I got to participate in just a tiny fragment of the projects PSF initiates and gets involve with. A big one I missed was building modular houses. Apart from that, they also do things such as childcare, environmentally friendly fuels, houses made from bags of dirt, painting murals, building parks and gardens and other programmes designed to improve the lives of those living in Pisco. Something I really like about PSF was the way they were always looking for new ideas which they could implement to improve Pisco.

The whole place was amazing because it shows what people can do when they pull together. We’re communal animals, us humans, and we have the capacity to achieve great things when we’re in groups. To me, that’s what’s happening at PSF. I find it incredible that a bunch of regular people can get together and make a real and effective difference to the lives of those in need out of the goodness of their hearts. These people are often driven by enthusiasm and determination over expertise on their way to doing what’s needed. There aren’t necessarily  a whole lot of people with a lot of skills and experience in construction and that sort of thing out there, but everyone there has a red hot go and makes sure that what needs to be done gets done in order to make the community of Pisco a better place. And it works out, because these people make it work out. It just shows what people can do if they really want to and it was a great thing to be part of.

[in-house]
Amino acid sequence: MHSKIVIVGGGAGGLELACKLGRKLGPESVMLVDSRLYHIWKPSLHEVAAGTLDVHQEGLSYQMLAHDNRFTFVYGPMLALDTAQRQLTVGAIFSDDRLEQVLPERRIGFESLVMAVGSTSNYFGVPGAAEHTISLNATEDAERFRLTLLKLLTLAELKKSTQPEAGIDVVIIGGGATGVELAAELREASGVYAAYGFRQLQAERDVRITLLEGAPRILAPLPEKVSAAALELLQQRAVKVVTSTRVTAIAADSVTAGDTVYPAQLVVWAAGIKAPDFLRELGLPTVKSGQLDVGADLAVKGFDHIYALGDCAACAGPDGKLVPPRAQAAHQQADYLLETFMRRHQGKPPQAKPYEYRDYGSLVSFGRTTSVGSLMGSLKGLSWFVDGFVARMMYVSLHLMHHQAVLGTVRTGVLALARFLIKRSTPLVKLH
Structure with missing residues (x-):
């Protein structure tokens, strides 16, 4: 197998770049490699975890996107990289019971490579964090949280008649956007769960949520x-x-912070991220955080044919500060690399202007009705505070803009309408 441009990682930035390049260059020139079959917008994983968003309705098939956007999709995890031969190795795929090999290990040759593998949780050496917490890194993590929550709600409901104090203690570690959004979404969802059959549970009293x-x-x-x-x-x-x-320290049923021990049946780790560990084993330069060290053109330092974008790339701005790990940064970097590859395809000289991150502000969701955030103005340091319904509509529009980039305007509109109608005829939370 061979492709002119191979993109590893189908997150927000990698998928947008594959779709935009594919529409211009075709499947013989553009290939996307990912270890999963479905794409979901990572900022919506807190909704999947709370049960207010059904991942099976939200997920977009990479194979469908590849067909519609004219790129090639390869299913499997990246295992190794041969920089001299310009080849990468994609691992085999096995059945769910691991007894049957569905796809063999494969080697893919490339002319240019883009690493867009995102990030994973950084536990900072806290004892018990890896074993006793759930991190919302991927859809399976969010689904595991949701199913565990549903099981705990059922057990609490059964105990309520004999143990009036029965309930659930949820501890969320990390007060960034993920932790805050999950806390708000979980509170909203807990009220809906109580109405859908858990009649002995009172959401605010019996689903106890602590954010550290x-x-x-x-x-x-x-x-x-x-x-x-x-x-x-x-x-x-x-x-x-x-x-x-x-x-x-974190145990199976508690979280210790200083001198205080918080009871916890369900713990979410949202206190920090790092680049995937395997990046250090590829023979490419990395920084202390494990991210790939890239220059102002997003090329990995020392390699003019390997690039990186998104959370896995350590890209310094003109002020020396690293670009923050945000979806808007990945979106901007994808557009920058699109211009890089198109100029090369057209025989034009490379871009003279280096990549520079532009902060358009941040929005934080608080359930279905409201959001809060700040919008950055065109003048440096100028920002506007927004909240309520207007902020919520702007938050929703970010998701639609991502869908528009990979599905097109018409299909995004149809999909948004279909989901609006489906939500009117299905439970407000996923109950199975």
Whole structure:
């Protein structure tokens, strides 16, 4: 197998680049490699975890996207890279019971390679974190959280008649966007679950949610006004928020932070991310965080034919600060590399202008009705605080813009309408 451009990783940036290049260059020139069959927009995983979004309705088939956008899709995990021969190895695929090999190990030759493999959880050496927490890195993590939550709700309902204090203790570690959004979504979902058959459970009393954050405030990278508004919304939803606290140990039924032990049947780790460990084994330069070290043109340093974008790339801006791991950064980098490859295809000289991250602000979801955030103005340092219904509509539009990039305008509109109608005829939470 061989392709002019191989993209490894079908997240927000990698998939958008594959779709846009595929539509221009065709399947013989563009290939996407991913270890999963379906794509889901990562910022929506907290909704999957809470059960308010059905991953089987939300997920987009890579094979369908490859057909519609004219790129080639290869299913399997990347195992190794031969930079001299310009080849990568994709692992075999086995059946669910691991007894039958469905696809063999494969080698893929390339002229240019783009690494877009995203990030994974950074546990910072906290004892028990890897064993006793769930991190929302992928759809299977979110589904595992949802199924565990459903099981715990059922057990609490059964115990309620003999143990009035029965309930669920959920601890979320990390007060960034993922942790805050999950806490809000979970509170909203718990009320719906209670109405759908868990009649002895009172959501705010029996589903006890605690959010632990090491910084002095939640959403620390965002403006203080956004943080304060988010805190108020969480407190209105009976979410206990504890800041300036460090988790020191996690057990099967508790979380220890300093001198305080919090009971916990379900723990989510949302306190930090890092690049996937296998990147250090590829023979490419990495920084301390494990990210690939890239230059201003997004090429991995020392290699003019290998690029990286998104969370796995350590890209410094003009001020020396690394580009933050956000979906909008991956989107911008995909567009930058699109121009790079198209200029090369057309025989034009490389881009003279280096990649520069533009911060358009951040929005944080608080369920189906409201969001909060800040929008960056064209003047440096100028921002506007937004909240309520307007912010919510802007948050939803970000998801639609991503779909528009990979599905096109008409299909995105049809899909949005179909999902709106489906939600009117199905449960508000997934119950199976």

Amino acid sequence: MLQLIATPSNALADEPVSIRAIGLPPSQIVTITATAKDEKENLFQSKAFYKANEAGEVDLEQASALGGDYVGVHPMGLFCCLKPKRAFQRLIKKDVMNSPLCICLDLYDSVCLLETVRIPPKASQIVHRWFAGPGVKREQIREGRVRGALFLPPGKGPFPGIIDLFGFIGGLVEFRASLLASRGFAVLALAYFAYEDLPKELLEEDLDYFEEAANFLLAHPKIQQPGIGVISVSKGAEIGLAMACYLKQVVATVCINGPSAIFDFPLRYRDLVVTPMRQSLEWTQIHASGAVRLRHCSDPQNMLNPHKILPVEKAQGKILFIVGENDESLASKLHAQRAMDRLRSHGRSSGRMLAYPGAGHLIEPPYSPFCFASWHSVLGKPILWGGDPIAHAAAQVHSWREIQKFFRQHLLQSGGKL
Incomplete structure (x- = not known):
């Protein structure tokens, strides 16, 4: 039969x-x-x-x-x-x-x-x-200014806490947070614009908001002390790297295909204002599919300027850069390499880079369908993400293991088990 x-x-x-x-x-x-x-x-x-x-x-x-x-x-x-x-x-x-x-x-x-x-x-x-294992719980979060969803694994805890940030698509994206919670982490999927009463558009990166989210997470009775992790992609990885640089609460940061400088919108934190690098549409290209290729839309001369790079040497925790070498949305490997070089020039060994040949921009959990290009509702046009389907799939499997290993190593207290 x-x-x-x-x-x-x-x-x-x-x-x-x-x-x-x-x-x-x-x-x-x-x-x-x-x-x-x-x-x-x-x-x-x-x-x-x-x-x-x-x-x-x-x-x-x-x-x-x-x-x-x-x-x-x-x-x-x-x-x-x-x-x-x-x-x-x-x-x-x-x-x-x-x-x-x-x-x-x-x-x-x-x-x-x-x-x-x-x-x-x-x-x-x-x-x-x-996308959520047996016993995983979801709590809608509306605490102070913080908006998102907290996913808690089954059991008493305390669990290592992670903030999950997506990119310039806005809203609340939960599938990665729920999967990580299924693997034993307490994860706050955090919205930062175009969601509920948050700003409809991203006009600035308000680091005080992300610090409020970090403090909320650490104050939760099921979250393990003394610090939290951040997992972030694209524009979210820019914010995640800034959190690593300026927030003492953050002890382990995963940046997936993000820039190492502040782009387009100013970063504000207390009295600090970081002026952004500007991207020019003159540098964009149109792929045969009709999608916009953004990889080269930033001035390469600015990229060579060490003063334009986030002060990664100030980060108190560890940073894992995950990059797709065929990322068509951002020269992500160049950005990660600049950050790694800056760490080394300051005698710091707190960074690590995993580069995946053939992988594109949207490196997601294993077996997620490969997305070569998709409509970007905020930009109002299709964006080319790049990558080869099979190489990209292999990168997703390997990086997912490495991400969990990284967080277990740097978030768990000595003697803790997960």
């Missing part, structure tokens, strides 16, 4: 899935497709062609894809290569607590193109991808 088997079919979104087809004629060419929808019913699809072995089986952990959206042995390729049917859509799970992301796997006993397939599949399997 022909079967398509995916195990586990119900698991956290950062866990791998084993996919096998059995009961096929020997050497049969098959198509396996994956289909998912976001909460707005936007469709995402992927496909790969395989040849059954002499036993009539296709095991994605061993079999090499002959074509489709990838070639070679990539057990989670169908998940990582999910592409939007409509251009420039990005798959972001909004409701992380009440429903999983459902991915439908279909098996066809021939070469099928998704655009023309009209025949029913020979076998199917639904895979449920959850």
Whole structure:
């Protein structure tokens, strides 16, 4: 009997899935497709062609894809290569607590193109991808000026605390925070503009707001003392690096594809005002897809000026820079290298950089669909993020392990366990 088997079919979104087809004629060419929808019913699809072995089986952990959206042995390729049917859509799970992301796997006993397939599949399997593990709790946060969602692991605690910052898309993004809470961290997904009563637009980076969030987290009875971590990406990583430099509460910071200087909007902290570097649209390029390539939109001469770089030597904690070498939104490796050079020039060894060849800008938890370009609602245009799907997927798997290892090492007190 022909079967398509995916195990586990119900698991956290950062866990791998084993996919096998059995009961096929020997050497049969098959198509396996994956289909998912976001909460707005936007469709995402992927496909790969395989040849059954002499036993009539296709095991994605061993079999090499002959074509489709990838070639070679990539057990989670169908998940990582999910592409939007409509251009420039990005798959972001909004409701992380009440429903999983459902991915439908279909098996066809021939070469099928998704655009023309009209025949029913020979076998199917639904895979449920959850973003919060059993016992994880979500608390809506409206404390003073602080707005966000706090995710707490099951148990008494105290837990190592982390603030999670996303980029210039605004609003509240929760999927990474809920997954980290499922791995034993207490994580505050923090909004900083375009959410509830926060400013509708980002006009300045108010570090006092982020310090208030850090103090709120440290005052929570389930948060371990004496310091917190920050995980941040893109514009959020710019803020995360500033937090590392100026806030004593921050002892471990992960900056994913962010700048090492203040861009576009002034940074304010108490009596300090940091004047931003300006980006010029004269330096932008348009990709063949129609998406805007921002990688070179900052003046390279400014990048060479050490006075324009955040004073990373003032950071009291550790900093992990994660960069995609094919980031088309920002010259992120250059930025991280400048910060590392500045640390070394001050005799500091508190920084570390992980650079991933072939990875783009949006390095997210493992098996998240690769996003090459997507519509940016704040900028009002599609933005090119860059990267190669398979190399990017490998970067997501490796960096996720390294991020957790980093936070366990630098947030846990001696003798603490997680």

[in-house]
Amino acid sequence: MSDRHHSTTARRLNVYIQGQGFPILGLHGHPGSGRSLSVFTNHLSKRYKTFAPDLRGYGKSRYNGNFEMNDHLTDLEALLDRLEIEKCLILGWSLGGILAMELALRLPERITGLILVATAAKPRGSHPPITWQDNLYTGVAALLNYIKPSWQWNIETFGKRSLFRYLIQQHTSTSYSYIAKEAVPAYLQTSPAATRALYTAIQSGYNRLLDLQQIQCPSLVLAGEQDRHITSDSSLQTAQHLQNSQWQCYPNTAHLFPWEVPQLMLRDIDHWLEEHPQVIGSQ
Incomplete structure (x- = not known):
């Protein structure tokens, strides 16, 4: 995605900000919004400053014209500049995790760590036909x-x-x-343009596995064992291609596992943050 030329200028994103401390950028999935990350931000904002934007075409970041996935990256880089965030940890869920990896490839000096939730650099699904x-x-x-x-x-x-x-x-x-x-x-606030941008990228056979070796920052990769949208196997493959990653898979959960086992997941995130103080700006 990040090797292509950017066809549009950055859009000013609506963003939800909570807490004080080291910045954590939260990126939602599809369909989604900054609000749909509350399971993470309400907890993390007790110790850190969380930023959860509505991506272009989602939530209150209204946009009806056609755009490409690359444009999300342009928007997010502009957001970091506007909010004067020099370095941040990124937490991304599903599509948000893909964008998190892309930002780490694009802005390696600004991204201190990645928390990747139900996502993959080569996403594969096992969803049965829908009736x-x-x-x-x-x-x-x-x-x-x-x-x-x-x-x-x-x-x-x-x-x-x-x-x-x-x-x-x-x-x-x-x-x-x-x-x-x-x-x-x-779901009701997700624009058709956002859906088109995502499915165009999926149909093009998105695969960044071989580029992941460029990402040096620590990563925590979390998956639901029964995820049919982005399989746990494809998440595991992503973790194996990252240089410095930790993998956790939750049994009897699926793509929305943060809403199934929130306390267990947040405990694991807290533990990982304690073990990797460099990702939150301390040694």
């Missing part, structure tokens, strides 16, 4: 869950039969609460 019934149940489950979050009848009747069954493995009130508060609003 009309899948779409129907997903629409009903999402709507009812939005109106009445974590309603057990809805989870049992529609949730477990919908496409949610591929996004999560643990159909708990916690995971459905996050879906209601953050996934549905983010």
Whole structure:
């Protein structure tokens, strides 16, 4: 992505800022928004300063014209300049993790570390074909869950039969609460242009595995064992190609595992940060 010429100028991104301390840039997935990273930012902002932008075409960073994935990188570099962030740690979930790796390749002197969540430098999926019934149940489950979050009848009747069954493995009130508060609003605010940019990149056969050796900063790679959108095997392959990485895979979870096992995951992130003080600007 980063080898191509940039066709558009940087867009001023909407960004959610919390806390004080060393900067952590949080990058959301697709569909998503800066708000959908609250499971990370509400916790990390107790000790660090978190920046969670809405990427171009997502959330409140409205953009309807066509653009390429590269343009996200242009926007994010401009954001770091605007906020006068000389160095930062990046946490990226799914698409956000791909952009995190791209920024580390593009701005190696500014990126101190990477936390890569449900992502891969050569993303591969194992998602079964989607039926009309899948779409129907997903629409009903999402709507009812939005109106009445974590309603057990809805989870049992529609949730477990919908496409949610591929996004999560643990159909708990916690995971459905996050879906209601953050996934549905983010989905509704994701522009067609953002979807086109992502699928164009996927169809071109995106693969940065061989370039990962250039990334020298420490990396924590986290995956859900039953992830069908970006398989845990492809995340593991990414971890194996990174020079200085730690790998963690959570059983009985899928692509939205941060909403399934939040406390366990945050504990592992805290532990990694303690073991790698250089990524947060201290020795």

Stay tuned for part three, where I tell you all about the social scene at PSF. We go large!

Friday, January 13, 2012

Volunteering at PSF, part one

For the last two and a half weeks of my time in South America I had lined up something I’d wanted to do for a while. My time away was incredibly rewarding and I wanted to give something back to the place which had provided me so many new experiences and helped me to change my perspective and grow as a person.